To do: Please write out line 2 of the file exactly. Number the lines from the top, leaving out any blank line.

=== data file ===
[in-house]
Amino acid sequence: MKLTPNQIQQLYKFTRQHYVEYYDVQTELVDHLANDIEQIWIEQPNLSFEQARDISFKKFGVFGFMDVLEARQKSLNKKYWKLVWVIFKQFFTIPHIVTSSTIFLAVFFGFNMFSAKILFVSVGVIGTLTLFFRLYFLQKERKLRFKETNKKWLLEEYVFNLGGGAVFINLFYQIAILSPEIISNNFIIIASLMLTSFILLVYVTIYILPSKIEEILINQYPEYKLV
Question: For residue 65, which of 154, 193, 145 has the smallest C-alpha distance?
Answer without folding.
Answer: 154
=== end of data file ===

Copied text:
Amino acid sequence: MKLTPNQIQQLYKFTRQHYVEYYDVQTELVDHLANDIEQIWIEQPNLSFEQARDISFKKFGVFGFMDVLEARQKSLNKKYWKLVWVIFKQFFTIPHIVTSSTIFLAVFFGFNMFSAKILFVSVGVIGTLTLFFRLYFLQKERKLRFKETNKKWLLEEYVFNLGGGAVFINLFYQIAILSPEIISNNFIIIASLMLTSFILLVYVTIYILPSKIEEILINQYPEYKLV